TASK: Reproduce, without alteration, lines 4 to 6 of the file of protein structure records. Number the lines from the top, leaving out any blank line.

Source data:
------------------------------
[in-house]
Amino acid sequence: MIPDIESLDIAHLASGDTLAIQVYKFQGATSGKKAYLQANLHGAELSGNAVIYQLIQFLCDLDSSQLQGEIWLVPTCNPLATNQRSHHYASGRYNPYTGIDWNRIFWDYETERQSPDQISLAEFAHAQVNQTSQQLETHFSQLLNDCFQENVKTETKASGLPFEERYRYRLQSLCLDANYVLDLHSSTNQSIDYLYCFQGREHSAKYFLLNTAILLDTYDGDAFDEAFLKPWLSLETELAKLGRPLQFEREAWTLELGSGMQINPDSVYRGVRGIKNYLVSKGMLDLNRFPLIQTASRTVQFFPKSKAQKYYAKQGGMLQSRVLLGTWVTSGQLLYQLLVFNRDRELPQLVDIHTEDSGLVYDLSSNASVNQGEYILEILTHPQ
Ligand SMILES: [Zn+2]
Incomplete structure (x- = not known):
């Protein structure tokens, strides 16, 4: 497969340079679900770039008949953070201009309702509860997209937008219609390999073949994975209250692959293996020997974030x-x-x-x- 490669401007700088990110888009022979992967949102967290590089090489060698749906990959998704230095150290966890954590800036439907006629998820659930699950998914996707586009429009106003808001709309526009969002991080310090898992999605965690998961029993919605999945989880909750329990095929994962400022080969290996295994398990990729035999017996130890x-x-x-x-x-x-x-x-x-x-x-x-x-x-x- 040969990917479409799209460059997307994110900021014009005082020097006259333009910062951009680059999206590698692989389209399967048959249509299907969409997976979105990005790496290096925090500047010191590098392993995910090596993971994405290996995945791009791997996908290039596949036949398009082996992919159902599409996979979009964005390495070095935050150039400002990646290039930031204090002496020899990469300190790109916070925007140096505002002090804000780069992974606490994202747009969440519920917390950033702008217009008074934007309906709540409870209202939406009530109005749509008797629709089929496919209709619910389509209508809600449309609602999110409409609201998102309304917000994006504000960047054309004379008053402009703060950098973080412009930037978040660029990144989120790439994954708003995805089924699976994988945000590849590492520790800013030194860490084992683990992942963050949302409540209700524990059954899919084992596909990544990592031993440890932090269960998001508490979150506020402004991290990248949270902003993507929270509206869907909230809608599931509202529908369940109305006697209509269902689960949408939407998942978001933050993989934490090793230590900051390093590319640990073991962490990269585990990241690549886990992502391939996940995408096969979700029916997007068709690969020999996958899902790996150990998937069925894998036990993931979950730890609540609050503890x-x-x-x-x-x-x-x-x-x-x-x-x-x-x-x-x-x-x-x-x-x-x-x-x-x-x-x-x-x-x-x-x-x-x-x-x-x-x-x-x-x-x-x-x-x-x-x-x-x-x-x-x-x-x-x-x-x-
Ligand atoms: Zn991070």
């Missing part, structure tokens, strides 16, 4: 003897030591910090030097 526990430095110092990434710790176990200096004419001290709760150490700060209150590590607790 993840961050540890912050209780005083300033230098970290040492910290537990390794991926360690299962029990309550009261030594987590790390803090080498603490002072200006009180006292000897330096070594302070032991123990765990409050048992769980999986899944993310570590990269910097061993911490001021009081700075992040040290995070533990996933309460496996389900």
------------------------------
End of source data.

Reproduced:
Incomplete structure (x- = not known):
């Protein structure tokens, strides 16, 4: 497969340079679900770039008949953070201009309702509860997209937008219609390999073949994975209250692959293996020997974030x-x-x-x- 490669401007700088990110888009022979992967949102967290590089090489060698749906990959998704230095150290966890954590800036439907006629998820659930699950998914996707586009429009106003808001709309526009969002991080310090898992999605965690998961029993919605999945989880909750329990095929994962400022080969290996295994398990990729035999017996130890x-x-x-x-x-x-x-x-x-x-x-x-x-x-x- 040969990917479409799209460059997307994110900021014009005082020097006259333009910062951009680059999206590698692989389209399967048959249509299907969409997976979105990005790496290096925090500047010191590098392993995910090596993971994405290996995945791009791997996908290039596949036949398009082996992919159902599409996979979009964005390495070095935050150039400002990646290039930031204090002496020899990469300190790109916070925007140096505002002090804000780069992974606490994202747009969440519920917390950033702008217009008074934007309906709540409870209202939406009530109005749509008797629709089929496919209709619910389509209508809600449309609602999110409409609201998102309304917000994006504000960047054309004379008053402009703060950098973080412009930037978040660029990144989120790439994954708003995805089924699976994988945000590849590492520790800013030194860490084992683990992942963050949302409540209700524990059954899919084992596909990544990592031993440890932090269960998001508490979150506020402004991290990248949270902003993507929270509206869907909230809608599931509202529908369940109305006697209509269902689960949408939407998942978001933050993989934490090793230590900051390093590319640990073991962490990269585990990241690549886990992502391939996940995408096969979700029916997007068709690969020999996958899902790996150990998937069925894998036990993931979950730890609540609050503890x-x-x-x-x-x-x-x-x-x-x-x-x-x-x-x-x-x-x-x-x-x-x-x-x-x-x-x-x-x-x-x-x-x-x-x-x-x-x-x-x-x-x-x-x-x-x-x-x-x-x-x-x-x-x-x-x-x-
Ligand atoms: Zn991070």